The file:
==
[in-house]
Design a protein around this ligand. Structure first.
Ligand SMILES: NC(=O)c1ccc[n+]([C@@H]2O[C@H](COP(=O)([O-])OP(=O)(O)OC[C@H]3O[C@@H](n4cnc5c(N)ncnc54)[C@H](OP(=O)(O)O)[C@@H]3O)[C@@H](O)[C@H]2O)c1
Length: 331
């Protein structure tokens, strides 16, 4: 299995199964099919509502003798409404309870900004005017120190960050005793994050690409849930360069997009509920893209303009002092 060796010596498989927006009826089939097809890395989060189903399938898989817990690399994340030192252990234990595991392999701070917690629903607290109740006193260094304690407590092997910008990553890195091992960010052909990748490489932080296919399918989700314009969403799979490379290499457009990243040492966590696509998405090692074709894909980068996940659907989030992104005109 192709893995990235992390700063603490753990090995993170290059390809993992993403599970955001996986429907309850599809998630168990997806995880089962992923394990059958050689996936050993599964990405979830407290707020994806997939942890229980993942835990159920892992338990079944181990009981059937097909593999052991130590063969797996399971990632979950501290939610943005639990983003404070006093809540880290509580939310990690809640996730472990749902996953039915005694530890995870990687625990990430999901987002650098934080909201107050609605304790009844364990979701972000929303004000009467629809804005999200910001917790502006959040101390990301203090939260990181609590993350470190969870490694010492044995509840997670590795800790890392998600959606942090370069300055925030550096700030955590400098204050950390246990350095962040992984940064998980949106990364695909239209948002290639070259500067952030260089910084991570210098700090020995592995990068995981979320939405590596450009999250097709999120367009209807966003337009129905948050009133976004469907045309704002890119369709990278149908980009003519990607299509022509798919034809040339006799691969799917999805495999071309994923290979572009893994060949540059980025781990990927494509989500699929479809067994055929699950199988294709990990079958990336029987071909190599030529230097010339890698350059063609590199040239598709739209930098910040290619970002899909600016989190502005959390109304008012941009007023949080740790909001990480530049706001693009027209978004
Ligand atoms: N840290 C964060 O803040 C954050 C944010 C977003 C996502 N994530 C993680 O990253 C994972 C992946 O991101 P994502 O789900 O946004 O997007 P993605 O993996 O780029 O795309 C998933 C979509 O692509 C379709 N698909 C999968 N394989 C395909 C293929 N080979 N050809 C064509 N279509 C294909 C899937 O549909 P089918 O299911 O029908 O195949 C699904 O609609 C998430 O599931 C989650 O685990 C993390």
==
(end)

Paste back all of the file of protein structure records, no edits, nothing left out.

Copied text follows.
[in-house]
Design a protein around this ligand. Structure first.
Ligand SMILES: NC(=O)c1ccc[n+]([C@@H]2O[C@H](COP(=O)([O-])OP(=O)(O)OC[C@H]3O[C@@H](n4cnc5c(N)ncnc54)[C@H](OP(=O)(O)O)[C@@H]3O)[C@@H](O)[C@H]2O)c1
Length: 331
């Protein structure tokens, strides 16, 4: 299995199964099919509502003798409404309870900004005017120190960050005793994050690409849930360069997009509920893209303009002092 060796010596498989927006009826089939097809890395989060189903399938898989817990690399994340030192252990234990595991392999701070917690629903607290109740006193260094304690407590092997910008990553890195091992960010052909990748490489932080296919399918989700314009969403799979490379290499457009990243040492966590696509998405090692074709894909980068996940659907989030992104005109 192709893995990235992390700063603490753990090995993170290059390809993992993403599970955001996986429907309850599809998630168990997806995880089962992923394990059958050689996936050993599964990405979830407290707020994806997939942890229980993942835990159920892992338990079944181990009981059937097909593999052991130590063969797996399971990632979950501290939610943005639990983003404070006093809540880290509580939310990690809640996730472990749902996953039915005694530890995870990687625990990430999901987002650098934080909201107050609605304790009844364990979701972000929303004000009467629809804005999200910001917790502006959040101390990301203090939260990181609590993350470190969870490694010492044995509840997670590795800790890392998600959606942090370069300055925030550096700030955590400098204050950390246990350095962040992984940064998980949106990364695909239209948002290639070259500067952030260089910084991570210098700090020995592995990068995981979320939405590596450009999250097709999120367009209807966003337009129905948050009133976004469907045309704002890119369709990278149908980009003519990607299509022509798919034809040339006799691969799917999805495999071309994923290979572009893994060949540059980025781990990927494509989500699929479809067994055929699950199988294709990990079958990336029987071909190599030529230097010339890698350059063609590199040239598709739209930098910040290619970002899909600016989190502005959390109304008012941009007023949080740790909001990480530049706001693009027209978004
Ligand atoms: N840290 C964060 O803040 C954050 C944010 C977003 C996502 N994530 C993680 O990253 C994972 C992946 O991101 P994502 O789900 O946004 O997007 P993605 O993996 O780029 O795309 C998933 C979509 O692509 C379709 N698909 C999968 N394989 C395909 C293929 N080979 N050809 C064509 N279509 C294909 C899937 O549909 P089918 O299911 O029908 O195949 C699904 O609609 C998430 O599931 C989650 O685990 C993390």